Reflection of 2015

“What’s the most important thing you’ve done this year?”

“Survived.”

5 years ago a very wise mentor and professor of mine talked with me about specific vocational callings during seasons of life. I was going through a season where I was called to just endure. That has been 2015 for me. We moved twice, my health failed me, our car was totaled by a drunk driver, and we encountered obstacle after obstacle in our professional and personal lives. It felt like every time we got past a road block, we were right back on our knees again. But you know what? We got through it even on the days when I felt like Job, cracked and dry and ready to fall to pieces. 

Isaiah 43:19 says, “Behold, I am doing a new thing; now it springs forth, do you not perceive it? I will make a way in the wilderness and rivers in the desert.” So here’s to a new thing, a new season of calling. I survived, and I’m pieced together like wounds repaired and reinforced with gold. I choose to look at my year this way and am influenced by one of my favorite studies of art history (it was really just a blip in my huge text book but it’s stuck with me for years).

Kitsungi is the Japanese art of pottery repair. Rather than disguising the breakage, kintsugi restores the broken item incorporating the damage into the piece’s aesthetic. The damage and repair become part of its history… part of its narrative. Using resin and powdered gold (and sometimes platinum, silver, bronze and copper) they repair the broken vessel and transform it into something more beautiful than the original.

This year dried me up, and broke me. But instead of hiding from it and trying to cover it up, I’ve chosen vulnerability and restoration. My story and my life aren’t perfect, but it’s a beautiful narrative nonetheless.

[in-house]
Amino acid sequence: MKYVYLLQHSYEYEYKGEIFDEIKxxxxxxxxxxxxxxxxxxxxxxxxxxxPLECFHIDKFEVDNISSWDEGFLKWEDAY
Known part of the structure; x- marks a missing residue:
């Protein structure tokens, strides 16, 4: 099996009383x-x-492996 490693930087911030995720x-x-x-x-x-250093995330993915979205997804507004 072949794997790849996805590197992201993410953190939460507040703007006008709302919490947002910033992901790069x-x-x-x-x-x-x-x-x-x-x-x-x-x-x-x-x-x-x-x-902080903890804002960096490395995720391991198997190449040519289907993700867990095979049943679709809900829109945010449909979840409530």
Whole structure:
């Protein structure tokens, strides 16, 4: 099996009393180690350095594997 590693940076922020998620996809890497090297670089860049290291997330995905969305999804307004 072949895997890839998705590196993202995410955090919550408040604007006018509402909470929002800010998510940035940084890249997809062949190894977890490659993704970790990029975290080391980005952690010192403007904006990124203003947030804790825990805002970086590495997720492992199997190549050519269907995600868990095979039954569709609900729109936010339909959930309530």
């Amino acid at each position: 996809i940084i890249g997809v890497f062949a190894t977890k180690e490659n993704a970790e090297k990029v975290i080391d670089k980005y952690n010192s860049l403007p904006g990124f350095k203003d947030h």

10 thoughts on “Reflection of 2015

    • Ashley thank you! I feel like the last year was such a testament to the way trials and vulnerability helped build me into a better maker, painter, business owner, etc. Hopefully the gold will start showing through in 2016 ;)

  1. I just love the comparison of your year to Kitsungi (which I’ve never heard of, even after living in Japan for four years! So cool!) I am sending lots of love and light your way for 2016 – things can only go up!

    • Thank you for the kind words and well wishes! I don’t think that it’s practiced as much anymore, but if you look up images of it you’ll see how beautiful and symbolic it is! I’d love to visit Japan. Japanese prints and pottery influenced a lot of my painting when I was in art school.

  2. I’ve recently heard of this art of repairing pottery and absolutely fell in love with it! Here’s to hoping that this year is filled with gold flecked cracks toward healing and a joyful year!

    • You are so sweet! Thank you for the well wishes :) I often work with gold and silver in my paintings and I want to apply that same principle to my work. We’ll see how it goes!

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